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Addison Reed probably doesn’t belong in the bullpen anymore

The veteran pitcher has struggled this spring, following a disappointing 2018.

Oakland Athletics v Minnesota Twins

When the Twins signed Addison Reed to a two-year contract in January of 2018, no one probably saw this coming. Reed has been an utter disaster in the Twins bullpen. In 2018, the veteran fireman pitched 56 innings for the Twins, and only claimed a win in one of his seven decisions. His ERA ballooned to 4.50, the highest number since his sophomore season, and second highest of his career. More alarming, his FIP jumped up to a career high 5.11, suggesting the men behind him saved some runs. His peripheral numbers also show the struggles of the right-handed reliever. Reed gave up career highs in hits and home runs per nine innings. He also struck out fewer men per nine innings than any other time in his eight year MLB Career.

Looking at the monthly splits, Reed clearly suffered for an extended period before hitting the injured list. In March and April, Reed was a fairly effective pitcher, holding opponents to .208/.278/.333 in 55 plate appearances. May saw his numbers dip to .296/.361/.519, while his workload increased. June saw his season absolutely fall off a cliff, with opposing hitters beating him to the tune of .385/.444/.538, and a demotion from the set-up role.

Reed was eventually shut down on July 11 with a triceps injury. He would not return to the 2018 campaign until August, and struggled in that month as well. While September offered some cause for encouragement, like a batting line of .250/.273/.400 against him, overall the season should be considered lost.

If Reed had started off spring training hot, we could have ascribed his 2018 to injury, and moved forward without comment. However, that is not been the case.

The Twins have given Reed the ball in four games this spring, for a total of 3.1 innings. He has not impressed in those outings. He has given up eight earned runs on seven hits, including two home runs. He’s also issued two free passes, while only fanning three men. Obviously spring training stats should be taken with a grain of salt the size of a baseball, and it remains a small sample, but Reed has done very little to calm the worries of his detractors.

The most egregious issue with Reed occupying a precious roster spot, however, is the rest of the bullpen. The Twins have Blake Parker as a new addition, as well as holdovers Trevor May, Taylor Rogers, and Trevor Hildenberger likely written into the bullpen in ink. Former top prospect Fernando Romero will also begin the season in the Twins pen. That is already five pitchers. Returning pitcher Matt Magill likely has the inside track to another spot. Reed makes seven, with a total of eight spots likely available.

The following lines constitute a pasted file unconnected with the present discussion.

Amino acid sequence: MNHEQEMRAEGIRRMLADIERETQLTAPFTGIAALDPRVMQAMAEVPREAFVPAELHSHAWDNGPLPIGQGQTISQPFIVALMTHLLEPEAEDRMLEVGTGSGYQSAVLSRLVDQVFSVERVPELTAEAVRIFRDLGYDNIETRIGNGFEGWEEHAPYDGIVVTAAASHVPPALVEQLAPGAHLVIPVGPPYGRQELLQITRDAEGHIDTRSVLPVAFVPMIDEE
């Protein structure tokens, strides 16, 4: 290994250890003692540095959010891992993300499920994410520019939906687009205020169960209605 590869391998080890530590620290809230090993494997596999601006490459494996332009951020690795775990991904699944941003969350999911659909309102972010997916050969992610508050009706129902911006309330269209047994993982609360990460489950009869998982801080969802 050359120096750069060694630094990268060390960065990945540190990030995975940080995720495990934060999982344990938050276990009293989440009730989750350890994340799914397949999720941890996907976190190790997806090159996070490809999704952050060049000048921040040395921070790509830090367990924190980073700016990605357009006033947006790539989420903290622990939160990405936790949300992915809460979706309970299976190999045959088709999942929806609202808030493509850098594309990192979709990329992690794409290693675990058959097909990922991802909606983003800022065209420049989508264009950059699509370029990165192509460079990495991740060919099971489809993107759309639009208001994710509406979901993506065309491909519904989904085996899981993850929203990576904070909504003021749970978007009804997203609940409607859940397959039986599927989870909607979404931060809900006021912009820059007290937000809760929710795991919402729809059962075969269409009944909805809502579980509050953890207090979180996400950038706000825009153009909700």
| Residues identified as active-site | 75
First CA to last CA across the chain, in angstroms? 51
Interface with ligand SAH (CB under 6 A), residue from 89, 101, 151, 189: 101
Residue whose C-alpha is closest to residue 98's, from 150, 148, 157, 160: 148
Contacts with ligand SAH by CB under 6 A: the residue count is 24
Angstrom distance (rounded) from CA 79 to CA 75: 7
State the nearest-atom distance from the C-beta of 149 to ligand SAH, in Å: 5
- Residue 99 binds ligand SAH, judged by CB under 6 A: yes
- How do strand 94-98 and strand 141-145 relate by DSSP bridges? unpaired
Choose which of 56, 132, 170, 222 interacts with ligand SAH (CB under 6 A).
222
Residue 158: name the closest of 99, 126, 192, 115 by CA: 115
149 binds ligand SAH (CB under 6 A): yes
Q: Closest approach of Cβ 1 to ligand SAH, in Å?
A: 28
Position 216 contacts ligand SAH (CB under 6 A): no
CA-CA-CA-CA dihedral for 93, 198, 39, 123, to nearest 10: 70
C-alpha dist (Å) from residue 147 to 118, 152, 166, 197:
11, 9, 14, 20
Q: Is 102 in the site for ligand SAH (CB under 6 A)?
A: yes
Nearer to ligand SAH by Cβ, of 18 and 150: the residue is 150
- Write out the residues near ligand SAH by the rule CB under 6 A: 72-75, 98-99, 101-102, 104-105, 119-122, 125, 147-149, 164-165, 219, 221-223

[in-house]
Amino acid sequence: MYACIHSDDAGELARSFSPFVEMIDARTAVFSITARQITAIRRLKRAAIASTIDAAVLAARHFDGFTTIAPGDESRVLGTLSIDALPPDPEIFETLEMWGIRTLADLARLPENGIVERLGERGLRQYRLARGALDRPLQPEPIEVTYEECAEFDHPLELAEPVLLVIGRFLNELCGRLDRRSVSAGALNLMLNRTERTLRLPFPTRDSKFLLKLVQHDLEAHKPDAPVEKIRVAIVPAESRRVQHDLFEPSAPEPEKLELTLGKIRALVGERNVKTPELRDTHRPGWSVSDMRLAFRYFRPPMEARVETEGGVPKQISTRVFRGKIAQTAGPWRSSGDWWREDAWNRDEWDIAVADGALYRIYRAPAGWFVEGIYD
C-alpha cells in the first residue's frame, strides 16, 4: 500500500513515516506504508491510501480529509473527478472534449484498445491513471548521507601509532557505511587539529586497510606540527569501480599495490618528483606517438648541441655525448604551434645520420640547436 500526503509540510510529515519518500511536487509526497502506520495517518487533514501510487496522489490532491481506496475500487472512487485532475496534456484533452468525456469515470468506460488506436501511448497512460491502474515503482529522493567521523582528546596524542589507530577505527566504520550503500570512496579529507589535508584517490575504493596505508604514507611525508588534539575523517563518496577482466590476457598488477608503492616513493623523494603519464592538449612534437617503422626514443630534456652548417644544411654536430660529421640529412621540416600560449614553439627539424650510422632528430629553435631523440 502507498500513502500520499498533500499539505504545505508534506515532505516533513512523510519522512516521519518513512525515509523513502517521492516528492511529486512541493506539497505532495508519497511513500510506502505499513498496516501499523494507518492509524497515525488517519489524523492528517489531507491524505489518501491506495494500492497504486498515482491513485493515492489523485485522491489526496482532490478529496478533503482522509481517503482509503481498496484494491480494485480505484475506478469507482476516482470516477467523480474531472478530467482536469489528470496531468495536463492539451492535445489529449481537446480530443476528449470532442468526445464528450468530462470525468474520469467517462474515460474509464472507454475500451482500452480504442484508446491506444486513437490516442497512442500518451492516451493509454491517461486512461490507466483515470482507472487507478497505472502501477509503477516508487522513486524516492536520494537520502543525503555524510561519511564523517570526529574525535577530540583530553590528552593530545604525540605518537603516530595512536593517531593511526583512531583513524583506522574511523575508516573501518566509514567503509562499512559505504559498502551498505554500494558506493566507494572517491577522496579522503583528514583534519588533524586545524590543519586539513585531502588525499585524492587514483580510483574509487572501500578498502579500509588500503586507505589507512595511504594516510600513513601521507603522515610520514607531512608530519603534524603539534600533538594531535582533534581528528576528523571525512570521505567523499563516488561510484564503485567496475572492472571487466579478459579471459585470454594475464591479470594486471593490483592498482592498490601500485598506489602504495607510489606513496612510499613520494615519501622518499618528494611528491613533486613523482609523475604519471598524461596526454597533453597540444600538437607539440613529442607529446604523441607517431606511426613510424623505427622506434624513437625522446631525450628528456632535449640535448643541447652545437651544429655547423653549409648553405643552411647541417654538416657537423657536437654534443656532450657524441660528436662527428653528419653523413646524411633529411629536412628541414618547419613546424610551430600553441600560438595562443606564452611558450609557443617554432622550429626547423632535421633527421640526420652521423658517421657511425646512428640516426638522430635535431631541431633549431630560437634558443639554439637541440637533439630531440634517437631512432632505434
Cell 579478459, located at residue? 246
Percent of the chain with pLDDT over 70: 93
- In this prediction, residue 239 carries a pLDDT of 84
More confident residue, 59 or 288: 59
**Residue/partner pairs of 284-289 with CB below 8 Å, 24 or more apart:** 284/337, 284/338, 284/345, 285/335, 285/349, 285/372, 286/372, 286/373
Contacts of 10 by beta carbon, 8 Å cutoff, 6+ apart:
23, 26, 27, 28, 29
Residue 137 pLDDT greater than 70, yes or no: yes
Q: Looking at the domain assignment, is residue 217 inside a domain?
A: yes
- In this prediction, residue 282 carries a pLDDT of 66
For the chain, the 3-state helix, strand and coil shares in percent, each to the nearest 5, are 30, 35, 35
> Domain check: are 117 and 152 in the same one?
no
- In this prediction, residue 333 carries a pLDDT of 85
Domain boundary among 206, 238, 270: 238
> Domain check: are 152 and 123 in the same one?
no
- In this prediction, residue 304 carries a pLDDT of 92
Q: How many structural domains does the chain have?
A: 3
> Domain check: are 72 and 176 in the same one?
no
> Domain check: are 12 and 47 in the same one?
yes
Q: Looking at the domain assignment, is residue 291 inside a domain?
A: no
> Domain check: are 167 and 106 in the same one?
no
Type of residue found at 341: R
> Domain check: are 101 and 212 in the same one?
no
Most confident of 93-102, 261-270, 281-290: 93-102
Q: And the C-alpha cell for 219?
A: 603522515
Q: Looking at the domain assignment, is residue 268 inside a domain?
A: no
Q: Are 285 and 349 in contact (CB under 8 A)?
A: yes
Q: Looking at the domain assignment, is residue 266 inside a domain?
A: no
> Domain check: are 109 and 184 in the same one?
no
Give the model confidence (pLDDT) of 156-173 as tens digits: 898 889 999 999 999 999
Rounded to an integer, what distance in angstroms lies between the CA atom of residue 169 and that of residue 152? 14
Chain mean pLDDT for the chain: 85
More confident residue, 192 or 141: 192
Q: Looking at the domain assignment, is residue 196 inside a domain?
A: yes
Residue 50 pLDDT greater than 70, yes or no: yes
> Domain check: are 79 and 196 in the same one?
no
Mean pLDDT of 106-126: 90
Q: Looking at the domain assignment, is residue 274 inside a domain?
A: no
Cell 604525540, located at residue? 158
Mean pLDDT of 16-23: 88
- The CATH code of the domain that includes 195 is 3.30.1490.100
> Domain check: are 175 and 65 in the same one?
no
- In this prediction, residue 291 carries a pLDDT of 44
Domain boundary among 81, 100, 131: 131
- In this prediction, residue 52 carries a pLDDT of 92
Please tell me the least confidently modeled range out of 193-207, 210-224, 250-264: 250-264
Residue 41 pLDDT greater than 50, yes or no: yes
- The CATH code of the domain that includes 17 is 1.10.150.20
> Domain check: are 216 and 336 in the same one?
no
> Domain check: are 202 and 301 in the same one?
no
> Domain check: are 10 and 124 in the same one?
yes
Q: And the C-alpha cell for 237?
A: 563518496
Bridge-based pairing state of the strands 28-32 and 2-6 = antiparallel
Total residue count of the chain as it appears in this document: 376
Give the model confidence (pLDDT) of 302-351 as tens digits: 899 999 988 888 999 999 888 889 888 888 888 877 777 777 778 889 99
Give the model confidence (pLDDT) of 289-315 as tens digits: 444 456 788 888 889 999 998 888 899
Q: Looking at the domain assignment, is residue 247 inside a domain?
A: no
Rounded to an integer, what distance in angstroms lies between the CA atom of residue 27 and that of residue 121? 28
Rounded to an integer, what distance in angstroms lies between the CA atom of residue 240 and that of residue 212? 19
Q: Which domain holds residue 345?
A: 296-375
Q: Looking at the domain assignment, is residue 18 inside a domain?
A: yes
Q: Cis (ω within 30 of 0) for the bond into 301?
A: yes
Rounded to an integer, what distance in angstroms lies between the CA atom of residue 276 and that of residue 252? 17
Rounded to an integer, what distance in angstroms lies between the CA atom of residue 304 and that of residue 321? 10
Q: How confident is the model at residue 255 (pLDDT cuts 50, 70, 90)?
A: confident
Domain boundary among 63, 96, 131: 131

That last slot in the Twins bullpen will likely go to Tyler Duffey or Gabriel Moya. Both pitchers have spent enough time at the triple-A and major league levels that they have very little left to prove in the minors, and need an opportunity to make it in the big leagues. Prospects Jake Reed, Ryan Eades and Andrew Vasquez were invited to camp, and could take a huge step forward this season. In addition, Zack Littell, Stephen Gonsalves, Adalberto Mejia, Kohl Stewart, and Lewis Thorpe are all competing for a starting rotation job that they probably won’t win. Rather than send them all to Rochester, at least one of those options could move to the bullpen, even if just temporarily. The Twins also have other potential options in non-roster invitees Justin Nicolino, Mike Morin, Ryne Harper, Tim Collins, and Preston Guilmet. None of them would be a huge loss, but likely wouldn’t be a huge downgrade over Reed’s 2018 season.

Another consideration for the Twins, they will likely only need four starters for the first few weeks of the season, but none of their starters can easily be demoted — would the Twins consider starting the season with a four-man rotation and Martin Perez in the bullpen? Even if they don’t that is a huge crowd, and Reed just doesn’t stand out in a positive way.

Perhaps it’s time for the Twins to send a message — No Scholarships. It doesn’t matter who is being paid what, the best pitchers should go north, and I’m not convinced Reed should be on that list.


What should the Twins do with Addison Reed?

This poll is closed

  • 10%
    Keep him in the bullpen
    (122 votes)
  • 21%
    Try to trade him, but keep him if the offer isn’t right
    (253 votes)
  • 68%
    Try to trade him, and cut him if you can’t
    (816 votes)
1191 votes total Vote Now